Is the Dance World Ready to Truly Change Its Company Culture?
Last week in a piece I wrote about the drama at English National Ballet, I pointed out that many of the accusations against artistic director Tamara Rojo—screaming at dancers, giving them the silent treatment, taking away roles without explanation—were, unfortunately, pretty standard practice in the ballet world:
If it's a conversation we're going to have, we can't only point the finger at ENB.
The line provoked a pretty strong response. Professional dancers, students and administrators reached out to me, making it clear that it's a conversation they want to have. Several shared their personal stories of experiencing abusive behavior.
Christopher Hampson, artistic director of the Scottish Ballet, wrote his thoughts about the issue on his company's website on Monday:
I have...witnessed dancers humiliated, harassed and threatened, sometimes overtly, but often covertly. This conduct is despicable and belongs in the past....
Those that consistently shout at people or deprive them of guidance to gain respect should know this is the fools' way. It may deliver a short, burst of focus to some dancers, but it evaporates shortly thereafter. This type of behaviour guarantees resentment, perpetuates mistrust, generates fear and compliance; it is uncreative and it is damaging.
Christopher Hampson gives direction backstage at Cinderella. Photo by Rimbaud Patron, via scottishballet.co.uk
His admirable statement is especially powerful coming from an artistic director.
But what will it take for more dance leaders to take action? Ideals are fantastic, but we have to be realistic. When there are hordes of young dancers waiting to take the place of anyone who complains or cracks under the pressure, will public shaming be enough to inspire real change?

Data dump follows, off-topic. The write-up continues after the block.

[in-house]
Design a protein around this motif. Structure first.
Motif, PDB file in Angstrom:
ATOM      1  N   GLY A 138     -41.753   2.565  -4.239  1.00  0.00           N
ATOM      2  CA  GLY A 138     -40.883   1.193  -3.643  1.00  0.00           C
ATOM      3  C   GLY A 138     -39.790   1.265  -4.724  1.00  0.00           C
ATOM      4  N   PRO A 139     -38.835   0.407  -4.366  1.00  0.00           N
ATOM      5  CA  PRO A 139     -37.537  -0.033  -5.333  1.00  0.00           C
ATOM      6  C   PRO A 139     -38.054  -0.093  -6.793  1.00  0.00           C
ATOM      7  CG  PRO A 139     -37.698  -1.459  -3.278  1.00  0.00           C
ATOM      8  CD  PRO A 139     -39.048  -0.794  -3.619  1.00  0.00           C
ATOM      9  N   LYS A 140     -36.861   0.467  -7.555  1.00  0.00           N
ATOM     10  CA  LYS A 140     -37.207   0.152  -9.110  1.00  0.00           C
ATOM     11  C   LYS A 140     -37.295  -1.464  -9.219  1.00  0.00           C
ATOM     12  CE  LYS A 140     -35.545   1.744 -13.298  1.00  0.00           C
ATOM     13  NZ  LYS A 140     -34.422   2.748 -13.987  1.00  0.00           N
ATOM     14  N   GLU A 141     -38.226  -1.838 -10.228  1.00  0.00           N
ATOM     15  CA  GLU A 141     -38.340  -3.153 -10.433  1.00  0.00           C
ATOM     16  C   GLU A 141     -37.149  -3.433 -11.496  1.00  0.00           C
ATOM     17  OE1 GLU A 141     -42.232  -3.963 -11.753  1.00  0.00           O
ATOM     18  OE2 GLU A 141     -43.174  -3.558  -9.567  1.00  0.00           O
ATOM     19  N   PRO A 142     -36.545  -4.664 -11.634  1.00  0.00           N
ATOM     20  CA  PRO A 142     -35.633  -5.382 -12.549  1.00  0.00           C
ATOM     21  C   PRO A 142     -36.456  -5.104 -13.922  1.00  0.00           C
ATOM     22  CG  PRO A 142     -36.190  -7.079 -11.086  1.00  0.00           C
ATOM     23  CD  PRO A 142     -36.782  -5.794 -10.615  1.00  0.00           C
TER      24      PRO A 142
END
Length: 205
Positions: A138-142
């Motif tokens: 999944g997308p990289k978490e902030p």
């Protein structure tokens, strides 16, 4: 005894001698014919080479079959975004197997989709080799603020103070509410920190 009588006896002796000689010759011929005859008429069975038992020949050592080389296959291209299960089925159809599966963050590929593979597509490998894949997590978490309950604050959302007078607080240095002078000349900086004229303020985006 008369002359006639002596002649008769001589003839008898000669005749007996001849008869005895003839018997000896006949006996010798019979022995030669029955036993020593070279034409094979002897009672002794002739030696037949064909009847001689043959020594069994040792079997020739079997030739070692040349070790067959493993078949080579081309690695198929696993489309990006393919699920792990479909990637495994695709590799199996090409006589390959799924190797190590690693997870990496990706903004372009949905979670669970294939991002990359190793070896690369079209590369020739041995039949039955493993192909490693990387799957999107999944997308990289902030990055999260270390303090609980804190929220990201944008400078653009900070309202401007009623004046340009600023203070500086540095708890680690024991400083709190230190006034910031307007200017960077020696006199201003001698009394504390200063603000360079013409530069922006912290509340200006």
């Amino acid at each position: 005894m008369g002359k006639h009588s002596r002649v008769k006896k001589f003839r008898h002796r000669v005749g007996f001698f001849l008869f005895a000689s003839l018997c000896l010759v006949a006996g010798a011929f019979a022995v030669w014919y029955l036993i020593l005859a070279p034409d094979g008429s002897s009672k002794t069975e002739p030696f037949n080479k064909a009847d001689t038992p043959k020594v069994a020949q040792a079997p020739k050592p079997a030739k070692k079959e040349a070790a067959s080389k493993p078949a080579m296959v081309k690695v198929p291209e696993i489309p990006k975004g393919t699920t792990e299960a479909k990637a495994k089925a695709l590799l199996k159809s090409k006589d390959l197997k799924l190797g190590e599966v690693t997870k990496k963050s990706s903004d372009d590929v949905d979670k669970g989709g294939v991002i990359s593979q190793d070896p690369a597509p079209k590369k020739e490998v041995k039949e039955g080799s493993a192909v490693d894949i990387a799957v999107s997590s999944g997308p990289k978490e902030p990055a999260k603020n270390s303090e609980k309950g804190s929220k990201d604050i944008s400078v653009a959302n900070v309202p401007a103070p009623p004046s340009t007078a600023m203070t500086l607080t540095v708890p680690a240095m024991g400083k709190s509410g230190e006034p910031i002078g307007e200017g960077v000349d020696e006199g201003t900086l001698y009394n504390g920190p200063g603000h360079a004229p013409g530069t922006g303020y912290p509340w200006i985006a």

If the bad PR scares away ticket buyers or donors, it just might.
Aside from sheer decency—and living up to 21st-century HR standards—there are many reasons why treating dancers fairly is actually in companies' best interest, both artistically and financially.
Don't We Want to Develop Mature Artists?
According to research conducted by Dance Magazine's own advice columnist, psychologist Linda Hamilton, screaming at dancers comes with a whole host of negative consequences: It encourages them to dance injured, it can cause stage fright and it can thwart their career aspirations. That doesn't exactly sound like a setup for a thriving dance company.
Just because dance is physically challenging doesn't mean that making the environment mentally challenging creates better dancers. True discipline doesn't come from fear; it comes from drive.
Some older dancers might complain that today's generation is "weak" for not wanting to deal with shouting and demanding directors. But there are some traditions that don't need to be passed down from generation to generation. Sure, some personalities may thrive under demoralizing threats. But most dancers will never feel safe enough to take creative risks or confident enough to develop into mature artists under those conditions.
True discipline doesn't come from fear; it comes from drive. Photo by Matthew Murphy for Pointe.
A Healthy Dancer Performs Better Than An Injured One
In my opinion, the most serious allegations raised against Tamara Rojo were that she ignored the staff's medical advice and pressured her dancers to perform while injured. Rojo clearly invested a lot in her dancer's health. But if these accusations were in fact true, this kind of behavior is not only foolishly dangerous and abusive, but also a terrible business plan.
Any medical professional will tell you that treating injury and resting early are key to healing quickly. Sure, it's annoying to re-cast dancers or have someone miss rehearsal, but letting dancers take the time they need to heal will get them back to full health sooner. Wouldn't it be more strategic in the long-term to encourage injured dancers not to perform when they can't do it to the best of their ability? Risking dancers' health risks their career.